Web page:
For most of us, the Web Browser is nothing more than a utility to check our Facebook, browse websites, even check our email and connect with friends and family.
In the nearly 20 years that I have actively been involved with this great big world that is the Interwebz I have seen more than my fair share of browsers come and go. The past few years has seen me tied pretty tightly with Google Chrome, both as a browser on all computers that I work with and as the Operating System of my rock solid little Chromebook.
To give a bit of a run down, there are several “common” browsers out there:
Internet Explorer – IE
When it comes to the most commonly used web browser, look no further than the venerable Internet Explorer from Microsoft. Directly tied to their Windows Operating System, IE has been used by most who head out to the Internet in search of deals, information or love (a bit of a throw back to Valentines day on Sunday).
Back in 2003, Internet Explorer had an amazing 93% market share when it came to what people used to get out there and on the old Interwebz. Since then though, the competition has heated up with round after round of “Browser Wars” eroding the dominance of this institution of surfing.
Many factors have lead to the demise and now replacement of IE by Microsoft, but for me, I so rarely used this browser myself, I can’t really say that I will miss it much especially as it is now being phased out of existence (see Internet Explorer End of Support).
For much of the past 7 years since Google released its own Web Browser back in 2008, I have personally been using Google Chrome as my default browser both at home, on my smart-phone and at work (when ever possible).
The amount that I personally use Google Services (from Gmail to Google Drive, Picasa and Google Play Store) I find it hard to imagine what my overall internet experience would be like without the addition of Google and the Chrome Browser to support my hunt and peck method of web surfing.
What I like most about Google Chrome is that unlike Internet Explorer for much of its existence, it is built around the concept of Web Standards…meaning that when a website is built to the Internet Standards…it displays just as it was designed! That has made life easy for me both as a budding amateur developer…but also made my life as a prudent and avid browser of information consistent!
After the demise of my beloved Netscape Communicator back in 2002, I could not bring myself to start using Internet Explorer and to the rescue came the Mozilla Foundation and its original release of Firefox.
Firefox was with me during my move from Windows to Linux and back again. It has been like an old friend that is always there for you, connecting to the internet even back when all I could get was Dial-up Service.
There have been several revisions of this great browser that I have used (depending on several factors). Ice Dove was a Linux based version and I even dabbled around with SeaMonkey when I had felt the pang of missing Netscape Communicator as an all-in-one web solution.
While Firefox has been mostly replaced with Google Chrome now…I still jump back over every once in a while…for old times sake.
At the same time as I was diving into the Internet with an anything BUT Internet Explorer philosophy, the Opera Browser filled a substantial gap in what was to be a battle for my attention.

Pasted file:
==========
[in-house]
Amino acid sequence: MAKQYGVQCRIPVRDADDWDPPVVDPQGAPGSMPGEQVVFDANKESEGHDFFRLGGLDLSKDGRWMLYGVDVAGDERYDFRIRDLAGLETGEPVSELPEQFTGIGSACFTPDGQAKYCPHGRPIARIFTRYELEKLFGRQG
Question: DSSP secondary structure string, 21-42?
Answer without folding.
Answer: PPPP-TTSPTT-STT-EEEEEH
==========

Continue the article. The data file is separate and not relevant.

Around since the very beginning of the modern internet, the Opera Browser started its life a little differently. It was neither Open Source nor freely included with an Operating System. You could download it free, but had to deal with an advertising banner across the top unless you accessed the paid version of the browser.
Now moving away from this model of trialware, the Opera Browser to me is an object of what could have been, but never was. It is always among my 1st 10 downloads when I do an Operating Refresh but has never been my Daily Driver when it comes to web surfing.
In the heart of the early 2000’s browser wars, Apple released its own browser for it Mac OS called Safari way back in 2003. Not being an Apple “Fan Boy” (and some may even call me a hater), I never really got behind the whole concept of this browser.
The Windows version was not quite all there and during the decade that I was Linux only…there was not a real option for me to test it or get into using it much but in the rare occasion that I wanted to give it a whirl, I found the browser to be capable if not a little light on features.
The New Batch (aka the New Kids on the Block)
Recently I decided to take a quick look for some alternatives to the bigger players, and as I was doing some development work on the side, I figured it was best to take a long look at how my work was being rendered out there in the wild! I have included the download links if you would like to try your hand at thinking outside of the box.
- Dooble – Light, but maybe too light, but does have an impressive list of plugins
- U Browser – Based on the open-source Chromium version of Chrome
- BlackHawk – The Love Child of Firefox and Chrome bring the best of both
- Browzar – All about Privacy, it doesn’t save cookies, passwords or cache
- Wyzo – Media Browser that uses Mozilla Plugins but it seems to be missing something
- Avant – Ad Free, with a Download “Accelerator”…but I still remember when it was based on IE
- Midori – Light weight, fast and easy to use, this is the no-frills browsing experience
Surfing the web should be a very personal experience. There are tons of options to make the experience all about you. Experiment, try things out…but as always…be careful out there.
Chris J Powell